Probably not until after a serious, bone-crushing depression - and some major popular upheavals.
Rate-Hikes No Cure for Higher Imports
I'm not quite sure where this insanity comes from, but a lot of "experts" expect Greenspan to raise rates faster if inflation ticks up as a result of higher natural resource prices. That would be a knee-jerk reaction if I've ever seen one - jerking the knee right back into Greenie's face.
Rate hikes are the prescribed (but poisonous) medicine for internal demand driven price hikes. The idea is to cool off demand so the economy won't "overheat." Keynesian Economics 101.
But when prices climb due to external reasons (falling dollar, higher oil, etc.) then rate hikes could only further crimp the already crimped budgets of private households and businesses. That would choke off all remaining economic viability (i.e., consumer spending) as even cheap Chinese imports won't do their trick of stretching already overstretched budgets any more.
Chinese imports keep consumers breathing because they are falling right along with the falling dollar due to the yuan's dollar-peg. But the relief they offer will be cut short when rates rise. Greenie may be a sellout, but he isn't stupid. The only way he'll do this is if his agenda actually includes crushing the US economy. Some argue that's exactly what he is doing - in a way that nobody could track it back into his den. We'll see.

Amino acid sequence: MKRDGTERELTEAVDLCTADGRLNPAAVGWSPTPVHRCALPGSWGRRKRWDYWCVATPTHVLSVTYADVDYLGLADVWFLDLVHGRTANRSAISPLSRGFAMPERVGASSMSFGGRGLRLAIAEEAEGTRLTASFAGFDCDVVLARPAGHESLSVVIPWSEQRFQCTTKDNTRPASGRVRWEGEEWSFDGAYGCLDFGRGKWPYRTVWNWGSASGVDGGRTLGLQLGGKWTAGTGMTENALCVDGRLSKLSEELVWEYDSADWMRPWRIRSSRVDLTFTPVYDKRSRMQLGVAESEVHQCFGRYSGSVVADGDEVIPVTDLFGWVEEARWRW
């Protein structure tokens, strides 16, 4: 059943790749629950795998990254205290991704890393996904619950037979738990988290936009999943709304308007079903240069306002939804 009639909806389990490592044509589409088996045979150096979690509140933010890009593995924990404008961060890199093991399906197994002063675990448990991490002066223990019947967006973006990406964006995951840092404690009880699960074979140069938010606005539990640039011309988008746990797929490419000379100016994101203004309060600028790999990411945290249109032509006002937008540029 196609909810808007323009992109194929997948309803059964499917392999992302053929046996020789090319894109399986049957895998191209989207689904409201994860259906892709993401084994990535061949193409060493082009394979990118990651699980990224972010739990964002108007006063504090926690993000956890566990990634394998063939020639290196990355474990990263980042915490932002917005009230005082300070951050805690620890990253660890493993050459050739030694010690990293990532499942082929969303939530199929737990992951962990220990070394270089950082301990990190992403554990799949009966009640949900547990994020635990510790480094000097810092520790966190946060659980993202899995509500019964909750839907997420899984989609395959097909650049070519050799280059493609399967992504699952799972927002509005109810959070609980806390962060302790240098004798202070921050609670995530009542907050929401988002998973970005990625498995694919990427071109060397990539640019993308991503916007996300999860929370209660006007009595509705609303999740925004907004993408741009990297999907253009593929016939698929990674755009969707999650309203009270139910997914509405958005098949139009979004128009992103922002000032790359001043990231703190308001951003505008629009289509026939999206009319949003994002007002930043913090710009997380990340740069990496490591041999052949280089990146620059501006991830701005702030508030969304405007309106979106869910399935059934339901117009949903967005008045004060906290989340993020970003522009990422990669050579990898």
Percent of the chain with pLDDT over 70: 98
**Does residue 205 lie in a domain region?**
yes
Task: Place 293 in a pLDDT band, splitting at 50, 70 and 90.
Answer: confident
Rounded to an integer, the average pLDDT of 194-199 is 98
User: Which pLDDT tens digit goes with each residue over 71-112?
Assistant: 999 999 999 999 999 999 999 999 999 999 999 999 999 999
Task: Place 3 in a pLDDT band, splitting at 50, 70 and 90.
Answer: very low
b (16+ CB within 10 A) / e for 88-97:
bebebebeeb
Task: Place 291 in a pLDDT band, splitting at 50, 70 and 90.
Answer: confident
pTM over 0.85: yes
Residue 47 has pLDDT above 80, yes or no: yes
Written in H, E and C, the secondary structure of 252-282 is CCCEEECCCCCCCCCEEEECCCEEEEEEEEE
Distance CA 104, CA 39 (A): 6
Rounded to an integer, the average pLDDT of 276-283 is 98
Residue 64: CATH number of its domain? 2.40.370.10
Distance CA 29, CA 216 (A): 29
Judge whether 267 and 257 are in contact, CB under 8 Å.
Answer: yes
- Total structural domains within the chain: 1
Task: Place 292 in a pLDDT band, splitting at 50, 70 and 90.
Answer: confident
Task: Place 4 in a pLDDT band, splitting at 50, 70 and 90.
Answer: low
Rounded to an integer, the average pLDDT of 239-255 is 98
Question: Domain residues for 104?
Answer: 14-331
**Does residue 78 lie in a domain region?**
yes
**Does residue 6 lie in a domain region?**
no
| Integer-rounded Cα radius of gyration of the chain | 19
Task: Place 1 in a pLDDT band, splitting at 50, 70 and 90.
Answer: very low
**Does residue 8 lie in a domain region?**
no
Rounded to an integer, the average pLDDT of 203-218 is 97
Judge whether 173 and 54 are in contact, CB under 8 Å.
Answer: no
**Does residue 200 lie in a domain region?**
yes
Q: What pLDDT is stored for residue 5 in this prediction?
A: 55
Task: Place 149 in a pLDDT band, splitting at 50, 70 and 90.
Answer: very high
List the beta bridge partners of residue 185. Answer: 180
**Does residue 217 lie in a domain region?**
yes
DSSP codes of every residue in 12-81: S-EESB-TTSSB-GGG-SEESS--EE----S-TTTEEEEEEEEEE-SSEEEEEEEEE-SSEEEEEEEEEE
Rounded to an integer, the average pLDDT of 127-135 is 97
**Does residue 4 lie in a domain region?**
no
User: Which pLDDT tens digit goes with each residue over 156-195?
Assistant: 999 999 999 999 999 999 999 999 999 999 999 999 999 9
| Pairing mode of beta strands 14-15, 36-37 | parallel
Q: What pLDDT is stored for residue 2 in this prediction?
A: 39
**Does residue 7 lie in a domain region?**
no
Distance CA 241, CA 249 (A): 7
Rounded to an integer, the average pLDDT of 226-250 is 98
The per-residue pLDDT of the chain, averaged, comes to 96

Where Will It All End?
There are two likely outcomes:
Outcome A: If the Planners Get Their Way ...
If the currency planners get their way, we will either end up in a total RFID chip society, or with all currencies freely floating against gold. I believe there are two camps among them, quietly battling each other. Which one will win? There's no way to tell at this point.
Outcome B: If People Get Their Way ...
If popular upheavals lead to any kind of eventual return to monetary sanity, we may end up with a purely private bullion standard, traded both in physical and digital form. What's the likelihood of this? Very, very slim - but then again, so was the likelihood of success of the American colonists fighting the British Empire.
Don't count America out until she's really dead. And as long as some of her people have gold and the means to defend it, she ain't dead. Of course, more would be merrier...